What is it like to spend 4 years in a shelter in Tunisia, Africa, patiently waiting to be adopted? Days, weeks, months – YEARS go by – and no one comes. Zac had seemed to become depressed and reclusive after waiting so long without any hope in sight. Then one day, it happened! Someone WANTED HIM! Read this heartwarming story of Zac’s adoption, his trip to the UK where his new mom, Sam, awaited him, and of their adventures together as Zac slowly learns how to be a family dog in a strange land. This is part 1 of a multi-part series on Sam and Zac’s adventures.
Most dog owners don’t know when their dog has significant back pain. This is what Dr. Edward Bassingthwaighte has found after assessing thousands of dogs. How can you tell if your dog has back pain? In this article he discusses the subtle signs of back pain that many people miss, and how to find a practitioner who can expertly assess your dog, not just in Australia, but wherever you are in the world.
Three American women adopted street dogs from Sneha’s Care rescue in Nepal. Two of the adopters are veterinarians who took part in a 3-day spay/neuter clinic at Sneha’s Care in November, 2017. These are their stories. Momo – the caravan-traveling little rascal, Sherpa – whose adopter/rescuer saved his leg(!) and Maddie – the first doggone fantastic Nepali street dog who has paved the way for other dogs to be adopted internationally from Sneha’s Care. Who’s next? You can learn more about international adoptions from the author, who runs Nepal Street Animal Rescue.
A thoughtful and thought-provoking book review by UK dog trainer Tanya Hawkes. Tanya examines the juxtaposition of a section on Pariah (outcast) dogs and one on dogs who are victims of dog fighters. Tanya’s writing is raw and honest and pulls you in, whether or not you’re interested in reading the book. This book review is an intriguing read for anyone interested in the lives of “disposable” dogs, outcast dogs and canine victims of cruelty, including dog fighting victims.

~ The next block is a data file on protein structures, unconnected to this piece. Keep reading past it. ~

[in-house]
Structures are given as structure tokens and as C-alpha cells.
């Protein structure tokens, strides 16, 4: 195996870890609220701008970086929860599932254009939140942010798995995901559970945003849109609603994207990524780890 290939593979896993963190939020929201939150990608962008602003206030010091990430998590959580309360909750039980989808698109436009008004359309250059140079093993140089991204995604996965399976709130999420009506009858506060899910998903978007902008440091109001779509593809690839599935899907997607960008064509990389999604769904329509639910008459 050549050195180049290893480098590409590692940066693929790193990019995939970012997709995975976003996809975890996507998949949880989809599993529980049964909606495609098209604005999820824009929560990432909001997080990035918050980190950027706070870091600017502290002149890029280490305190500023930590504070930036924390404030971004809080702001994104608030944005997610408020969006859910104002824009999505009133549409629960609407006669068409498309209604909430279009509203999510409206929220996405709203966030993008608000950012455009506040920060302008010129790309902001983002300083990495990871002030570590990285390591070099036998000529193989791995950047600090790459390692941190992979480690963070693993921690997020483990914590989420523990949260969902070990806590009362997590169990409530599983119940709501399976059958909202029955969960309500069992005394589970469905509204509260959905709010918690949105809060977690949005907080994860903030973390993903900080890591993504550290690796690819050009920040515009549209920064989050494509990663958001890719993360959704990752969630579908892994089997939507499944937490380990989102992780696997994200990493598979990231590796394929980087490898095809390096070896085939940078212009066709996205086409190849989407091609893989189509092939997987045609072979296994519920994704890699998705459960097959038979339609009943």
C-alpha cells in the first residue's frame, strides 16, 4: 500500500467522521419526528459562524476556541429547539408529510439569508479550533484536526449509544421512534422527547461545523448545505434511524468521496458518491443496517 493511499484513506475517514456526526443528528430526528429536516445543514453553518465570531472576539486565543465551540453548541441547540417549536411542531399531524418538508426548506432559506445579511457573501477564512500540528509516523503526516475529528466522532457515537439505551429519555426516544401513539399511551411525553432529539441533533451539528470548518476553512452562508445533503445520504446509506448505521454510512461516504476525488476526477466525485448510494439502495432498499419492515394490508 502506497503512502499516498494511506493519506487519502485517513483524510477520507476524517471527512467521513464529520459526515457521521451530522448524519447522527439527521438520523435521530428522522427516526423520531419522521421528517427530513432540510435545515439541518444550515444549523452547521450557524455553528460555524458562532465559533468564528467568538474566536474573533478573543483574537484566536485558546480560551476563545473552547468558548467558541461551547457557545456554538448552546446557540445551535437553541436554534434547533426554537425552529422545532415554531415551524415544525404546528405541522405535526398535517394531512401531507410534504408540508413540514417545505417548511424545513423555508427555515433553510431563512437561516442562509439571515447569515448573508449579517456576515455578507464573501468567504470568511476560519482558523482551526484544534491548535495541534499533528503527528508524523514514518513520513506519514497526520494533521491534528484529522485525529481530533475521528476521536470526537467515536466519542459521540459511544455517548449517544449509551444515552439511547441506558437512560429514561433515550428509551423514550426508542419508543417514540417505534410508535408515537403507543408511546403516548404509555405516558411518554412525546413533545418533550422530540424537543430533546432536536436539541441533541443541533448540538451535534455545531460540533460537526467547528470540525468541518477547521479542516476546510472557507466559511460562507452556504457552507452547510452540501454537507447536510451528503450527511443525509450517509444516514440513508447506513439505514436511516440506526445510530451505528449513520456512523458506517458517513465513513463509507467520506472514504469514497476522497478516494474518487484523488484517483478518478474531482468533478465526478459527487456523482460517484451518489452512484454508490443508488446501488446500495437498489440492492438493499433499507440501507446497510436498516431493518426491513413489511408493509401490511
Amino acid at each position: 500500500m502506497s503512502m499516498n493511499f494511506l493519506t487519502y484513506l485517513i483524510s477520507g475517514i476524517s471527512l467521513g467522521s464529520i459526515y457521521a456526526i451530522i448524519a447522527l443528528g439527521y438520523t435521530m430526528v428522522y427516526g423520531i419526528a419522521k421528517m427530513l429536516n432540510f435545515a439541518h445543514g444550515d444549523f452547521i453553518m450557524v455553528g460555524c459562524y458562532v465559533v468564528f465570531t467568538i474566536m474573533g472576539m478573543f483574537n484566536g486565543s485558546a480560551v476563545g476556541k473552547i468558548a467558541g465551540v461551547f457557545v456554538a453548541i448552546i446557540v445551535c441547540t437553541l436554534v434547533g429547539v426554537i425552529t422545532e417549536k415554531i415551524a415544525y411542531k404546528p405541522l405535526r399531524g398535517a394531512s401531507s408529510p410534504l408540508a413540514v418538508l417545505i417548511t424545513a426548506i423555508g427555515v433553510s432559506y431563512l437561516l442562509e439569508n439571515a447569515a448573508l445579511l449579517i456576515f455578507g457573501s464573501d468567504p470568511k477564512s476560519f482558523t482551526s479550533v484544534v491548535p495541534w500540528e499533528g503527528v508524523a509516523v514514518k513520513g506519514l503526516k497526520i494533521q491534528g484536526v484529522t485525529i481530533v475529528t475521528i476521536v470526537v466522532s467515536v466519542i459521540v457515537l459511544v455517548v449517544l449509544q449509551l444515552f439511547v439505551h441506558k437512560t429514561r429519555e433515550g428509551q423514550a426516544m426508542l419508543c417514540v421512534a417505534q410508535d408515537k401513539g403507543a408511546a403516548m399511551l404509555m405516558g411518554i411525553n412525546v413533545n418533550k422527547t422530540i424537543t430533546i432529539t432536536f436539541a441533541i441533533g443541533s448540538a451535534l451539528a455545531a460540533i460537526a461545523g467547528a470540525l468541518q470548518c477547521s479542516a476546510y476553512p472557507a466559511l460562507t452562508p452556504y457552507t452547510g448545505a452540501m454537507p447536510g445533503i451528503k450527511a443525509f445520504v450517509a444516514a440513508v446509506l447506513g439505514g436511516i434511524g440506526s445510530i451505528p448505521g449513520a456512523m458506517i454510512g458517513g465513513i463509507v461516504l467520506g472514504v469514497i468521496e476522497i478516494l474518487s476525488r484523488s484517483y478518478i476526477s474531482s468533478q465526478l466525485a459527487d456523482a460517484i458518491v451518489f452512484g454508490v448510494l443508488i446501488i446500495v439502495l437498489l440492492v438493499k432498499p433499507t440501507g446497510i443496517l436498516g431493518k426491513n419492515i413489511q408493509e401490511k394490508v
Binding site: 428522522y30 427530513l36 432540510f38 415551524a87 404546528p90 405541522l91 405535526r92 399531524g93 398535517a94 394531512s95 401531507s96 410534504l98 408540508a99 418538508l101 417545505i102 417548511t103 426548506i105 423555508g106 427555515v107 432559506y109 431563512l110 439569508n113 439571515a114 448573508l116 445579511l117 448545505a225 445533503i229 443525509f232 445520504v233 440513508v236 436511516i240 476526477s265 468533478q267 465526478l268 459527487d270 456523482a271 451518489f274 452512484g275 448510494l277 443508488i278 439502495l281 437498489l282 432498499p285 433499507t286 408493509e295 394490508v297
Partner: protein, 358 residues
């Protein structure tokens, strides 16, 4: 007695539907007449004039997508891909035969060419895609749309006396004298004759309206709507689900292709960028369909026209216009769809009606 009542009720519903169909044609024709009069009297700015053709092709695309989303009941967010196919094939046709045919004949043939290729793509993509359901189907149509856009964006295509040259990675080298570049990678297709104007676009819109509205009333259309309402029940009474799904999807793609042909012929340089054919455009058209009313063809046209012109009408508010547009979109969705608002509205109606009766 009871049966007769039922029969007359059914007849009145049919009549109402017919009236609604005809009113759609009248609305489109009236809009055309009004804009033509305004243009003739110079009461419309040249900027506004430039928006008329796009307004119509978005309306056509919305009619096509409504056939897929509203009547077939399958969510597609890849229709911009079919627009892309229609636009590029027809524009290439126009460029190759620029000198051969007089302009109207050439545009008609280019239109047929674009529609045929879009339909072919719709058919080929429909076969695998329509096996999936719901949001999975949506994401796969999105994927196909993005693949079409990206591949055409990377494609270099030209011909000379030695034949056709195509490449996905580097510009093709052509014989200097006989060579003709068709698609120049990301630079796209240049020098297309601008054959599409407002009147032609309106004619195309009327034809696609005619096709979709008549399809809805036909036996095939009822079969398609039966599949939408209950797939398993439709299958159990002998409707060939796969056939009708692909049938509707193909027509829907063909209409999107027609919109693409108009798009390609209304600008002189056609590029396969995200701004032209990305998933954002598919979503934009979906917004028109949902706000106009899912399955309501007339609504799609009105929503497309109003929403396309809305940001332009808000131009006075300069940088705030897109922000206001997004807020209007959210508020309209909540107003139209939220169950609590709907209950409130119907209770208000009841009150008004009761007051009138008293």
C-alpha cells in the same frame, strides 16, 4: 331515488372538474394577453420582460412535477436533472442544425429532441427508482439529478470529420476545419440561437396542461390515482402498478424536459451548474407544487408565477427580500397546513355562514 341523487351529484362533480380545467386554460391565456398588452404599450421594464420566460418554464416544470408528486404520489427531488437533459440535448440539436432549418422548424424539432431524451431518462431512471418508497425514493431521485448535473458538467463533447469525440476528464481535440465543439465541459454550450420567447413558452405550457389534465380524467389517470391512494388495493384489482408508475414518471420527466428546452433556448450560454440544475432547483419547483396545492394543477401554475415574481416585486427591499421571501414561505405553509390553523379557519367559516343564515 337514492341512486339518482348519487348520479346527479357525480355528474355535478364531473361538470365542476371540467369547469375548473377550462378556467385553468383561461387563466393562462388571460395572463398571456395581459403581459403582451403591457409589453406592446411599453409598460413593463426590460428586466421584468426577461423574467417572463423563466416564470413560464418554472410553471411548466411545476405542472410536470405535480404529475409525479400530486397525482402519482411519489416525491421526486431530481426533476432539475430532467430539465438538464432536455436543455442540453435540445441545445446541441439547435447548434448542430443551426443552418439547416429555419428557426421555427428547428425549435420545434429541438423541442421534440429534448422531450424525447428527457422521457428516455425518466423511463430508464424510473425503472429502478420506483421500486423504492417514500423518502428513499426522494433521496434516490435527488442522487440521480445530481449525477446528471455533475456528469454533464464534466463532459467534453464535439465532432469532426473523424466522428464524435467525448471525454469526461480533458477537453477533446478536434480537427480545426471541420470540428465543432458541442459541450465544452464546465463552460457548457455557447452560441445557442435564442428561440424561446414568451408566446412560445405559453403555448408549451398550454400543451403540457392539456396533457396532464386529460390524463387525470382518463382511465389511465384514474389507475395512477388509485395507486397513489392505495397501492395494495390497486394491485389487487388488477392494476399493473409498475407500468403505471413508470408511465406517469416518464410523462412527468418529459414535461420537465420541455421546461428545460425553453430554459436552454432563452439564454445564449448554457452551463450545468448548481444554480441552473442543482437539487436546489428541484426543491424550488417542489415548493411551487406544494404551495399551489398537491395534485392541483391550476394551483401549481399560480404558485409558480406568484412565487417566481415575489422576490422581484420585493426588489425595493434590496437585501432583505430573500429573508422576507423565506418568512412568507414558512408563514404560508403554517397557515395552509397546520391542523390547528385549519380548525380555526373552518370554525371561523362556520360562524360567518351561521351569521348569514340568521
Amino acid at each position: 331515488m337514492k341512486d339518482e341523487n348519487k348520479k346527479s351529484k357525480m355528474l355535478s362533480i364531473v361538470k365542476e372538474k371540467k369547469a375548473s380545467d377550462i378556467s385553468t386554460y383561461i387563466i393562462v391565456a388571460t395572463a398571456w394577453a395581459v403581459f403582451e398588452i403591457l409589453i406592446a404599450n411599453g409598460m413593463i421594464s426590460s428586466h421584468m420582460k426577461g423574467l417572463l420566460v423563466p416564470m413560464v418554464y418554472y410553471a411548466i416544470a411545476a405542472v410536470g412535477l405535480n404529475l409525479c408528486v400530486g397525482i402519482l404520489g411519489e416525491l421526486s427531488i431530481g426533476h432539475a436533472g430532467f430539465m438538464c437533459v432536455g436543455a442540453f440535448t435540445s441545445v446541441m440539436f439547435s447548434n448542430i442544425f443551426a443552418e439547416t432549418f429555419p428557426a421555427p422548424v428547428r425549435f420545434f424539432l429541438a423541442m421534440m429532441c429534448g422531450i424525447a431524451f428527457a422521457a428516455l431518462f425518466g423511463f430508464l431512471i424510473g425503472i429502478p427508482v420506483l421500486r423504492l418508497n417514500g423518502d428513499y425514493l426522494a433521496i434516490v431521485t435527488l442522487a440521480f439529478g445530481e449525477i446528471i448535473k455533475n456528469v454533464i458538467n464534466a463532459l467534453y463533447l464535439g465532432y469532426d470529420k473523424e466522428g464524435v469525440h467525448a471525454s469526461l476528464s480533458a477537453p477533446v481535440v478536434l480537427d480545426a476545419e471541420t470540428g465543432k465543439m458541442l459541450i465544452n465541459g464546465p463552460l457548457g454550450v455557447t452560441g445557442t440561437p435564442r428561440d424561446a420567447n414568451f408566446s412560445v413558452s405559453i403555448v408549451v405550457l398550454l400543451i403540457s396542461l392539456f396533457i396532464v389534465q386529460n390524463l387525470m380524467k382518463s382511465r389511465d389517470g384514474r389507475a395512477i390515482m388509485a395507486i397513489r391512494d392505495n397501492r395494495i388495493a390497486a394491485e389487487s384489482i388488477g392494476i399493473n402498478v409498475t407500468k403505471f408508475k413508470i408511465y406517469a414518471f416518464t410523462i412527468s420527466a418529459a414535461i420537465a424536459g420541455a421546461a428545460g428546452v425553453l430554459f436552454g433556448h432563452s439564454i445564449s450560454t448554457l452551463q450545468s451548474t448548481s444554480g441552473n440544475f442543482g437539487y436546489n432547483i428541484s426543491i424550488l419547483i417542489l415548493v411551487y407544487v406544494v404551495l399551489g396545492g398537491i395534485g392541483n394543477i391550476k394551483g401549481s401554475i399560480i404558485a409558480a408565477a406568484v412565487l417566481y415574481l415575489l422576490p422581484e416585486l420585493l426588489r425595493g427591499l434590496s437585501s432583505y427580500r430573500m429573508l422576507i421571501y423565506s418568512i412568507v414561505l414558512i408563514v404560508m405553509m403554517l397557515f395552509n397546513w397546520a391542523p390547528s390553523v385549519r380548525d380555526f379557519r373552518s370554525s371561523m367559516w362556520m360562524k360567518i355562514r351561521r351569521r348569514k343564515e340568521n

In Teil 1 dieser populären Serie hat die australische Hundetrainerin Sylvie Martin dafür plädiert, unseren Hunden mehr Freiheit zu geben – für ein glücklicheres, gesünderes und harmonischeres Leben. In dieser zweiten Ausgabe gibt Sylvie praktische Vorschläge, wie wir unseren Hunden mehr Freiheit geben können – Freiheit von Zwang und Angst. Wie viel Kontrolle brauchen wir wirklich über unsere Hunde? Und wie können wir ihnen Freiheit von Angst bieten? Warum ist das so wichtig? Lies Teil 2 und finde es heraus!
In Part 1 of of this popular series, Australian dog trainer Sylvie Martin made the case for giving our dogs more freedom—for a happier, healthier and more harmonious life. In this second installment, Sylvie provides practical suggestions on how to give our dogs more freedom—freedom from coercion and fear. How much control do we really need over our dogs? And how can we provide them freedom from fear? Why is that so important? Read Part 2 and find out!